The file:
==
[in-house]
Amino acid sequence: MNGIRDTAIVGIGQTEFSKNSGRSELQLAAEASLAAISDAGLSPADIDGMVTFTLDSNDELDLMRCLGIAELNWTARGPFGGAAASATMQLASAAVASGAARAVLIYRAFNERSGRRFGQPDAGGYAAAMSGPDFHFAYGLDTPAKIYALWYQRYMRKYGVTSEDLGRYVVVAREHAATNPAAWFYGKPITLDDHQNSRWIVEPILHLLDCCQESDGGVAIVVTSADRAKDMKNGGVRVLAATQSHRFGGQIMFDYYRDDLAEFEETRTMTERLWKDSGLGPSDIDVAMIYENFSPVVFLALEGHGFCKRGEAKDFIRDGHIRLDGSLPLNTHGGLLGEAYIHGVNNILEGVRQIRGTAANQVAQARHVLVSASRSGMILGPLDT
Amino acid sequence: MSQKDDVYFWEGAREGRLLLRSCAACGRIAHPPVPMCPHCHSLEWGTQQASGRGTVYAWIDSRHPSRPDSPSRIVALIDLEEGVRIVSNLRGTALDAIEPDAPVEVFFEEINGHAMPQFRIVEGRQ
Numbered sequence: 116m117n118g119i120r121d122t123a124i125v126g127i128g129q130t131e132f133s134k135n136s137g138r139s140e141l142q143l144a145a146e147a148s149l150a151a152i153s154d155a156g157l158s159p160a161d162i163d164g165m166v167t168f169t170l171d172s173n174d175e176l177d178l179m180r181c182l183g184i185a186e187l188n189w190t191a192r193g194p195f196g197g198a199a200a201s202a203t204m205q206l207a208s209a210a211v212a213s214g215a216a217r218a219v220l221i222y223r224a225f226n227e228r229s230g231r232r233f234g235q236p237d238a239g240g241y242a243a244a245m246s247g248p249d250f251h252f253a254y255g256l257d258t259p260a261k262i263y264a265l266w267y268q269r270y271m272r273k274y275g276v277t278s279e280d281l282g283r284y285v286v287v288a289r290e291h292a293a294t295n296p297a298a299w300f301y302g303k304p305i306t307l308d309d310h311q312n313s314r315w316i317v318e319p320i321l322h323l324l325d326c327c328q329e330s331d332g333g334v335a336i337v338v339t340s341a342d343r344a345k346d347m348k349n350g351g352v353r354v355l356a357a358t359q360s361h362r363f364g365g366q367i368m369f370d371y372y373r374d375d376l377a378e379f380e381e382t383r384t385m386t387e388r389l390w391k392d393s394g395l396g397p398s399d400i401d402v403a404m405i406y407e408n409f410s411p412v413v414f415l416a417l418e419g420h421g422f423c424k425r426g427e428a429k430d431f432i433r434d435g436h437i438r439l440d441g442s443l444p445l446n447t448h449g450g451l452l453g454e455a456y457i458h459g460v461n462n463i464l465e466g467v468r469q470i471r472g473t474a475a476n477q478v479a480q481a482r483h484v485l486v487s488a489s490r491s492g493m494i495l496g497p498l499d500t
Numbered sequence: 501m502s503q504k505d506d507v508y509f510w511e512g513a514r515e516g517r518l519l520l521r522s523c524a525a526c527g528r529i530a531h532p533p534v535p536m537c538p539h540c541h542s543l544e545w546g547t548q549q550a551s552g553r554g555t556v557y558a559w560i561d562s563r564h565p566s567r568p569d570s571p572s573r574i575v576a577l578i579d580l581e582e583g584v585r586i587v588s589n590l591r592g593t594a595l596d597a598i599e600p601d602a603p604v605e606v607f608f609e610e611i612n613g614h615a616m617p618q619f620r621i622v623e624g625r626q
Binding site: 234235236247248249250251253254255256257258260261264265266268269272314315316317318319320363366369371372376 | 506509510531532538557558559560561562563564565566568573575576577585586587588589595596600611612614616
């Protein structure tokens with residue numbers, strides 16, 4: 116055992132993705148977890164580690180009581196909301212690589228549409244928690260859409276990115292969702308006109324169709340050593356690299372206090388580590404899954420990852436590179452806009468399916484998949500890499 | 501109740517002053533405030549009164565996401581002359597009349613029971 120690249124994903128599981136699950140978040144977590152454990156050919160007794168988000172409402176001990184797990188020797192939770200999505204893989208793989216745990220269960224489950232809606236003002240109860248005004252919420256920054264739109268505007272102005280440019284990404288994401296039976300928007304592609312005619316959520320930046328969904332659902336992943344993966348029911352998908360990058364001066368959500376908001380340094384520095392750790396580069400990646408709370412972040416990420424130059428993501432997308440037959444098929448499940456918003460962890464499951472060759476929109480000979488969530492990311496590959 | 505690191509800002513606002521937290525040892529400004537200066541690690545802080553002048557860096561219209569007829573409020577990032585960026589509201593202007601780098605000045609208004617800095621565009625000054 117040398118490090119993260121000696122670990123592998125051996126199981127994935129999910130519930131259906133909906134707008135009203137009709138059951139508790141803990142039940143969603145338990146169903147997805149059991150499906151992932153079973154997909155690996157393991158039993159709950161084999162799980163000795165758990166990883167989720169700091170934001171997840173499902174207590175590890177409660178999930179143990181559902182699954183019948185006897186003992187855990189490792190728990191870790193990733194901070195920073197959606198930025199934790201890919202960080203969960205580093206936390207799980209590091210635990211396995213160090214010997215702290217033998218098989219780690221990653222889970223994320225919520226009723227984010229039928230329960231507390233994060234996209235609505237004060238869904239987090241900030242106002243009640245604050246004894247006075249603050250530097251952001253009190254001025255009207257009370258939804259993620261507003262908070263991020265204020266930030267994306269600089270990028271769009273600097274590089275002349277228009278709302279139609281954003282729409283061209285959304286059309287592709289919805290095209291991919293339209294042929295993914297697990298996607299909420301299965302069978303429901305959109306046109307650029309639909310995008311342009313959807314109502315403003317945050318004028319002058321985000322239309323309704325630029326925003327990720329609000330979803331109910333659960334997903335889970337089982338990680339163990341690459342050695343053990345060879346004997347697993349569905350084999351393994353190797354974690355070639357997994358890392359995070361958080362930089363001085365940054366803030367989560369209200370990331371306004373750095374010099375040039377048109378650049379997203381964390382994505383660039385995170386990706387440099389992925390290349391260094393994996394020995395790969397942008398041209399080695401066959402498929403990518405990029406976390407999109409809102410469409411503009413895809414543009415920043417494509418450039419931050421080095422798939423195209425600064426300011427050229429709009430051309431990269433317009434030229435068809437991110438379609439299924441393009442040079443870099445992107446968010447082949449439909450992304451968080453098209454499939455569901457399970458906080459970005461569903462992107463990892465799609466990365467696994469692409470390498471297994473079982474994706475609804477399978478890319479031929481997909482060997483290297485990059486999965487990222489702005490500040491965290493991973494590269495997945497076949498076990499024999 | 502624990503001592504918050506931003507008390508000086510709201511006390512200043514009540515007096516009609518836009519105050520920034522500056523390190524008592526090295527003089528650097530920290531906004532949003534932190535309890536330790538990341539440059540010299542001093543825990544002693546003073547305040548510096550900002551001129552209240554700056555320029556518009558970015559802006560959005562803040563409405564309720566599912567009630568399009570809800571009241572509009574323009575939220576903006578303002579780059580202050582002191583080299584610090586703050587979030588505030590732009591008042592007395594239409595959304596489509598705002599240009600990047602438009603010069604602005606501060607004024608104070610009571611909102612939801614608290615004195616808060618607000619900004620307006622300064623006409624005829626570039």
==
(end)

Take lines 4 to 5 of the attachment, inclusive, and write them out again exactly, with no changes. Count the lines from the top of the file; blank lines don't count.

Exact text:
Numbered sequence: 116m117n118g119i120r121d122t123a124i125v126g127i128g129q130t131e132f133s134k135n136s137g138r139s140e141l142q143l144a145a146e147a148s149l150a151a152i153s154d155a156g157l158s159p160a161d162i163d164g165m166v167t168f169t170l171d172s173n174d175e176l177d178l179m180r181c182l183g184i185a186e187l188n189w190t191a192r193g194p195f196g197g198a199a200a201s202a203t204m205q206l207a208s209a210a211v212a213s214g215a216a217r218a219v220l221i222y223r224a225f226n227e228r229s230g231r232r233f234g235q236p237d238a239g240g241y242a243a244a245m246s247g248p249d250f251h252f253a254y255g256l257d258t259p260a261k262i263y264a265l266w267y268q269r270y271m272r273k274y275g276v277t278s279e280d281l282g283r284y285v286v287v288a289r290e291h292a293a294t295n296p297a298a299w300f301y302g303k304p305i306t307l308d309d310h311q312n313s314r315w316i317v318e319p320i321l322h323l324l325d326c327c328q329e330s331d332g333g334v335a336i337v338v339t340s341a342d343r344a345k346d347m348k349n350g351g352v353r354v355l356a357a358t359q360s361h362r363f364g365g366q367i368m369f370d371y372y373r374d375d376l377a378e379f380e381e382t383r384t385m386t387e388r389l390w391k392d393s394g395l396g397p398s399d400i401d402v403a404m405i406y407e408n409f410s411p412v413v414f415l416a417l418e419g420h421g422f423c424k425r426g427e428a429k430d431f432i433r434d435g436h437i438r439l440d441g442s443l444p445l446n447t448h449g450g451l452l453g454e455a456y457i458h459g460v461n462n463i464l465e466g467v468r469q470i471r472g473t474a475a476n477q478v479a480q481a482r483h484v485l486v487s488a489s490r491s492g493m494i495l496g497p498l499d500t
Numbered sequence: 501m502s503q504k505d506d507v508y509f510w511e512g513a514r515e516g517r518l519l520l521r522s523c524a525a526c527g528r529i530a531h532p533p534v535p536m537c538p539h540c541h542s543l544e545w546g547t548q549q550a551s552g553r554g555t556v557y558a559w560i561d562s563r564h565p566s567r568p569d570s571p572s573r574i575v576a577l578i579d580l581e582e583g584v585r586i587v588s589n590l591r592g593t594a595l596d597a598i599e600p601d602a603p604v605e606v607f608f609e610e611i612n613g614h615a616m617p618q619f620r621i622v623e624g625r626q